By George Mills Harper, Walter Kelly Hood (eds.)
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Extra info for A Critical Edition of Yeats’s a Vision (1925)
But Yeats almost surely did not have this Editorial Introduction xxxvii typescript in mind when he noted in VA that Book I was 'Finished at Thoor, Ballylee, 1922'. He was in Ballylee as late as 18 Sept (the date of the last notebook entry); on 9 Oct he had been in Dublin 'for a couple of weeks' when he wrote to Olivia Shakespear that he was 'busy writing out the system-getting a "Book A" written that can be typed and shown to intere~ted persons and talked over' (L 690). He refers to the typescript (131 pages) of three Parts, the first two of which were intended as divisions of 'Book A', as it was entitled and then crossed out at the top of page 3 (it was also labeled 'preliminary').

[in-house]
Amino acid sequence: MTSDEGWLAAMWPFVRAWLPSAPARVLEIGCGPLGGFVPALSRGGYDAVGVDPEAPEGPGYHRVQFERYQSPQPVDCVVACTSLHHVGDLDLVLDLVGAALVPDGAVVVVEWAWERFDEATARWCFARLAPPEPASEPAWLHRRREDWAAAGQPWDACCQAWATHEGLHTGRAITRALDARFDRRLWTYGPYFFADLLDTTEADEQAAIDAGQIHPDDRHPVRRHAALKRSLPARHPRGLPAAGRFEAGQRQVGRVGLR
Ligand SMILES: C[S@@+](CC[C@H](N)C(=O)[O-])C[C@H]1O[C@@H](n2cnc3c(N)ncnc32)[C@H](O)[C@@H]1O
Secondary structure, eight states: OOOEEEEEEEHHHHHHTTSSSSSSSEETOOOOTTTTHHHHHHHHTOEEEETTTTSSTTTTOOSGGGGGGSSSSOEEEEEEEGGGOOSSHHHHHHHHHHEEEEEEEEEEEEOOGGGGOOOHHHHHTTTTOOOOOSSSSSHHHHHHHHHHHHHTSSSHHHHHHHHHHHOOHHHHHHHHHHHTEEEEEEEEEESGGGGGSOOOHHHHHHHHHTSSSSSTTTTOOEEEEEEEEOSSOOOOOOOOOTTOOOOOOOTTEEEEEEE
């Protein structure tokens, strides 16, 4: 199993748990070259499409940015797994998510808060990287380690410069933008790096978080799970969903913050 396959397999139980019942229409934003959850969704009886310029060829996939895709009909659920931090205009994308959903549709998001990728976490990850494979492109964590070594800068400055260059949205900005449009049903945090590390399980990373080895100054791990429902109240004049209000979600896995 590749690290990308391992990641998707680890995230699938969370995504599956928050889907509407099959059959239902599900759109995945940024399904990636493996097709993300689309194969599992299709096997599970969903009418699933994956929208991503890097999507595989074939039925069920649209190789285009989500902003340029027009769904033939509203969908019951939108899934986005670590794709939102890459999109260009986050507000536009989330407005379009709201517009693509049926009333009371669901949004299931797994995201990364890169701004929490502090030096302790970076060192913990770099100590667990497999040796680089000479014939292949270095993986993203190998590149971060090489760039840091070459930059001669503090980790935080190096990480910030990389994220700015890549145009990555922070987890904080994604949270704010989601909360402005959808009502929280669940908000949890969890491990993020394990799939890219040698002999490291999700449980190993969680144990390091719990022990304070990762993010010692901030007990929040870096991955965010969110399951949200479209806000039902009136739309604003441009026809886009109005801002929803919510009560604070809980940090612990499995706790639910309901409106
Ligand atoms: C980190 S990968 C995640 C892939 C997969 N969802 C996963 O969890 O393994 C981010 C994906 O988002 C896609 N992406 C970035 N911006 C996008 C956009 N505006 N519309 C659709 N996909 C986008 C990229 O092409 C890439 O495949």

His plan is clear in a letter to Olivia on 18 Dec: 'If Laurie does not repent, a year from now should see the first half published. It will need another volume to finish it' (L 695). Presumably, Book B (originally Part III) was to be the other volume needed for completion of his plan. Although the typescript has only five pages of Part III, we can be relatively sure that it was to have contained the remainder of VA as Yeats then conceived it. Apparently, Yeats still had in mind two small books of two parts each on the order and indeed an extension of PASL.
Despite that note he dated only three of the Books: I ('Finished at Thoor, Ballylee, 1922, in a time of Civil War'), III ('Finished at Capri, February, 1925'), and IV ('Finished at Syracuse, January, 1925'). Besides two of the poems, he also dated the Dedicati